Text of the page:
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I have been through this on the Carbon and can't get above 6800 stable and have tried every stable and beta bios I can find. Here are some timings you can try for better memory testing that might work for you.
I bought MSI Z790 Carbon+14900KF and my T-Force FF3D532G7600HC36DDC01 is in QVL list!
But it wont work on X.M.P. 7600. My memory is stable only when it comes 7000 Mhz 34-42-42-54.
I've read enough similar posts about this issue and I think this 8-pcb layer board is crap. Dont buy that mobo unless MSI upload any fix (if they do that).

Also see my previous reply. DDR5-7600 is firmly in the enthusiast range. If you don't have deep knowledge on how to stabilize such a high and demanding XMP speed, don't even bother buying this kind of kit, it will almost never work out of the box. It doesn't matter much that it's on the QVL, this is a speed that needs manual tuning to work. If it works at all, because at this level, it also highly depends on how good your CPU's IMC is (integrated memory controller).

If we look at the board's specifications, that's what they list there as the maximum:

Screenshot 2024-01-28 at 19-53-44 MPG Z790 CARBON WIFI.png

If you know anything about those specs, like i also write in my RAM thread, you will know that they are usually what their in-house RAM overclockers have achieved with hand-picked modules and custom RAM settings, on a CPU with a very good IMC. So even in their in-house testing, where they have several very capable overclockers under contract, they cannot really get much higher than DDR5-7600 with two single-rank modules (all the RAM world records are done with a single module only).

Here you can watch a video that explains why the QVL is pretty much useless when it comes to enthusiast-grade speeds:

Here is the RAM manufacturer's QVL from G.Skill for a similar kit than yours, F5-7600J3646G16GX2-TZ5RK:

Screenshot 2024-01-28 at 20-19-37 F5-7600J3646G16GX2-TZ5RK - QVL - G.SKILL International Enter...png

For MSI, they only list the MPG Z790I EDGE WIFI, which when you look at the board, the reason may become clear immediately: It only uses two DIMM slots, which results in a much cleaner signal quality. For other brands, only their high-end models (ASUS ROG MAXIMUS) or even just the top model is listed.

If we then look at a DDR5-7200 kit like the F5-7200J3445G16GX2-TZ5RK, then most of the other MSI Z790 boards appear (apart from the really cheap ones like Z790-S, Z790-P and such):

Screenshot 2024-01-28 at 20-25-49 F5-7200J3445G16GX2-TZ5RK - QVL - G.SKILL International Enter...png

Then with a DDR5-6600 kit, even those cheap Z790 boards appear. This is much more in line with reality than the board manufacturers' QVL.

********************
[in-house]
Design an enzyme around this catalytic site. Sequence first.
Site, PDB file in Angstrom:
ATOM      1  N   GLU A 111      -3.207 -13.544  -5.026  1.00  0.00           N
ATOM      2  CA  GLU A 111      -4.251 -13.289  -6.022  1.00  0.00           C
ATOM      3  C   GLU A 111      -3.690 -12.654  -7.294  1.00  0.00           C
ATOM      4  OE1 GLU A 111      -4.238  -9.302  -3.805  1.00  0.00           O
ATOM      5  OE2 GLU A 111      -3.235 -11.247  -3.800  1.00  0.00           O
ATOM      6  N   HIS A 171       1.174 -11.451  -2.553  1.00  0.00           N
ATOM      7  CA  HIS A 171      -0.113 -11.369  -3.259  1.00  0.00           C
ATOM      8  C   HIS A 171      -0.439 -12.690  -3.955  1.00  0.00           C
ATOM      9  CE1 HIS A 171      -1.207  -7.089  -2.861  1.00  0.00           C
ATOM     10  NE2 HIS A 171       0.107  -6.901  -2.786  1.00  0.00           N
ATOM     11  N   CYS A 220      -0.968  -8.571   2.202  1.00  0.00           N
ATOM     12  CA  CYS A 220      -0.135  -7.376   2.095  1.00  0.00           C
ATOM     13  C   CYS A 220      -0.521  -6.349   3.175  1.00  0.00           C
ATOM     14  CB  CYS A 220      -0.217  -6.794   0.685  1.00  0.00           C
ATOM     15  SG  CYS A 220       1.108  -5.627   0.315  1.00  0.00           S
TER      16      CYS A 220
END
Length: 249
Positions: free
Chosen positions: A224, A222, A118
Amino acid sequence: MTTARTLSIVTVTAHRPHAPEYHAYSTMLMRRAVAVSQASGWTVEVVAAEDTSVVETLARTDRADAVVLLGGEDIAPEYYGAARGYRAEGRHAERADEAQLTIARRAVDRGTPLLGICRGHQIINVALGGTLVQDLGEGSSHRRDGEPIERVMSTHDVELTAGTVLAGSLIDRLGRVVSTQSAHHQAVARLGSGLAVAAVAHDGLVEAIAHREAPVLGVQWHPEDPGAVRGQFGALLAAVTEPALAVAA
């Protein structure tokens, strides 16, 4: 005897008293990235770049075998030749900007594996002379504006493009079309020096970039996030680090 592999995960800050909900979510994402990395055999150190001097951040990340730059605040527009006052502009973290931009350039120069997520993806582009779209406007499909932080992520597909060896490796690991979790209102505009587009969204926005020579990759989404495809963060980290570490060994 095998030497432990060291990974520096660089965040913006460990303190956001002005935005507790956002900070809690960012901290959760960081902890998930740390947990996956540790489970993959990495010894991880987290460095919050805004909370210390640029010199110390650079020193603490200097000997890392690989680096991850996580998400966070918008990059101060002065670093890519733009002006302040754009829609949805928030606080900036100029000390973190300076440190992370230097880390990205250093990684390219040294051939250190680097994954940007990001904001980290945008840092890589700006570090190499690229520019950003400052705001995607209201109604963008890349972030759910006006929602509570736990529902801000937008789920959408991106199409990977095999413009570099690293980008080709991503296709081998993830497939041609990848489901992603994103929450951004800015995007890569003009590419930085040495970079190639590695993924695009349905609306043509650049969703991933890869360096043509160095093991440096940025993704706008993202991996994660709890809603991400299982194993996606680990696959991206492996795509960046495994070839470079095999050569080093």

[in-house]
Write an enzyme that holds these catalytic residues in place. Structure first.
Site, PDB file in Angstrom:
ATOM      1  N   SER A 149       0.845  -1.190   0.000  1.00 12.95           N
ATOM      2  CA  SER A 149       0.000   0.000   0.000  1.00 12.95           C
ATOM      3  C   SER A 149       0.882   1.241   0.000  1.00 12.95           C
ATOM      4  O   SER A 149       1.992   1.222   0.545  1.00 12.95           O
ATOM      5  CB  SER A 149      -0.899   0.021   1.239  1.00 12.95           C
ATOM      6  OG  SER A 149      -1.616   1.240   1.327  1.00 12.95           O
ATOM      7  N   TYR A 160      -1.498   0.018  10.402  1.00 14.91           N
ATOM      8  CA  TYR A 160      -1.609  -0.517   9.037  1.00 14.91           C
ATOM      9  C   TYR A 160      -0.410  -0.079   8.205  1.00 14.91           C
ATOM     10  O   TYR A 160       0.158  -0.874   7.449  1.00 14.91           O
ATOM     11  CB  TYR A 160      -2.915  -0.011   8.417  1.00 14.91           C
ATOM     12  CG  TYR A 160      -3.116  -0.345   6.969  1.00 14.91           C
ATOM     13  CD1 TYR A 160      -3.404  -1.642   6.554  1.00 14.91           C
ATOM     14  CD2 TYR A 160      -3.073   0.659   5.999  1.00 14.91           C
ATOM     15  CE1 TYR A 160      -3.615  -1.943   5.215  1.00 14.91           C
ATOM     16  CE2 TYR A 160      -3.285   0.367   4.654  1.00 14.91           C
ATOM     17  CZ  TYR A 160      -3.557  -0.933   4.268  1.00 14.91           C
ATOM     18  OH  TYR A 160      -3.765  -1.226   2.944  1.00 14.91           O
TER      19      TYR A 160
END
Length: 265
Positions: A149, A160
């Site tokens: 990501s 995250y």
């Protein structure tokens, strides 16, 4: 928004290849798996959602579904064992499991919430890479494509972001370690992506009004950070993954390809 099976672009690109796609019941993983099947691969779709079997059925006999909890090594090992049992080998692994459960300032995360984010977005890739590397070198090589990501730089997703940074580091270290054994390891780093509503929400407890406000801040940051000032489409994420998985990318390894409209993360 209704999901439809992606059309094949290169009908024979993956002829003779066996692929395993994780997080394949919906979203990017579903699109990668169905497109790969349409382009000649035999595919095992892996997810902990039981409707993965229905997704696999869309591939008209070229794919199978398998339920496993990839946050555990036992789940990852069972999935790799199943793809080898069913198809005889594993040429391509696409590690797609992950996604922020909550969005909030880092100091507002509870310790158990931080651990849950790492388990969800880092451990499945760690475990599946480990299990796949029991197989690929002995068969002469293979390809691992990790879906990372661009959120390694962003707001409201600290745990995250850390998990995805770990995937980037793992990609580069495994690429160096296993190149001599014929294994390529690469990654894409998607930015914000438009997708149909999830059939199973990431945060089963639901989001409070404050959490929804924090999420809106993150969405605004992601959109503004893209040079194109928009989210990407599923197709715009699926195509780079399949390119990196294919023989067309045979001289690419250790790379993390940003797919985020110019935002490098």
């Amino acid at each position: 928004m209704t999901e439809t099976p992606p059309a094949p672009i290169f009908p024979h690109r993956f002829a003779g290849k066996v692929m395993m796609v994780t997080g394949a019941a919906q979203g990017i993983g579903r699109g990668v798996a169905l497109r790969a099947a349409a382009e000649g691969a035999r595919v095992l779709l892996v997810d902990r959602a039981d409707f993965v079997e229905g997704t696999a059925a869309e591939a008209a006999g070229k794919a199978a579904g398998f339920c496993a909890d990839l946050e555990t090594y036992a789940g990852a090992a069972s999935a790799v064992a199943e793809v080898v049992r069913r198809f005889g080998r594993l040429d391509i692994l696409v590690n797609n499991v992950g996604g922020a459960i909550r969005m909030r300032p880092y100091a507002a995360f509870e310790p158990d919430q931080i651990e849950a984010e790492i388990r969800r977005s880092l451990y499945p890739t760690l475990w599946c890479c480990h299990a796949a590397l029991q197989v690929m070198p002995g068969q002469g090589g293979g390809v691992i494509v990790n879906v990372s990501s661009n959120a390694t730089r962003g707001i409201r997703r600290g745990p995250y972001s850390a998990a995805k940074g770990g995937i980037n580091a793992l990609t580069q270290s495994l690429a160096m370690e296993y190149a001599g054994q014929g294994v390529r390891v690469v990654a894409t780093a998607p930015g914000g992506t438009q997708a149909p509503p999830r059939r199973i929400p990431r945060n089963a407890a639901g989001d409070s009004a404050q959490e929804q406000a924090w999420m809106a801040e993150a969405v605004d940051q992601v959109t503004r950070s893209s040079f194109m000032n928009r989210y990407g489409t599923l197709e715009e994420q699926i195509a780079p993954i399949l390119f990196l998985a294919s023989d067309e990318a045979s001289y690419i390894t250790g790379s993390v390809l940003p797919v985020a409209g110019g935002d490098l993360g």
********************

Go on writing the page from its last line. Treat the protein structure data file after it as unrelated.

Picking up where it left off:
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So, you say the meaning of QVL list on MSI MAG Z790 Carbon page: the memory can work at jedec. LMAO. Thanks!
Next time MSI can get their motherboards and put It in their ...
This is similar for all motherboards when it comes to enthusiast-grade XMP speeds like DDR5-7600. The motherboard brands' QVL at that speed level is mostly for bragging about what can be achieved if your CPU's IMC is really top notch. If your CPU's IMC is not top notch, you will not get this working, and this fact is generally understood by the RAM enthusiasts. But for many other people, they don't realize it, or only when it doesn't want to work.

This is just the usual marketing stuff that is so easy to fall for. Higher numbers look better. And motherboards are partly sold by what numbers can be achieved in the RAM department.

The RAM makers, they don't have to make a "marketing QVL" like the board makers, because they guarantee that their RAM kits can do the speed in isolation. Meaning, once you have a board that is good enough, and especially once you have a CPU with an IMC that is good enough, then the RAM kit itself won't hold you back from reaching the XMP. Because the RAM kit was binned for this speed, and most of the time a different part of the memory system will be the limiting factor, not the RAM modules. So, with this in mind, they can release more truthful QVLs of what speed actually tends to run on which board, like what G.Skill is doing on their site. Once you go to DDR5-7600, only the high-end board models will even be good enough for it, let alone most CPUs' IMCs.

MSI boards are not particularly worse or better than other brands when it comes to enthusiast-grade XMPs. And other board brands play exactly the same game with their QVLs. It's up to the buyer to develop some understanding of what speeds are actually "safe high speeds" / "plug & play", what speeds are getting up there, and what speeds are total enthusiast speeds which need a really good IMC, good board, and perhaps tweaking some voltages etc. to work.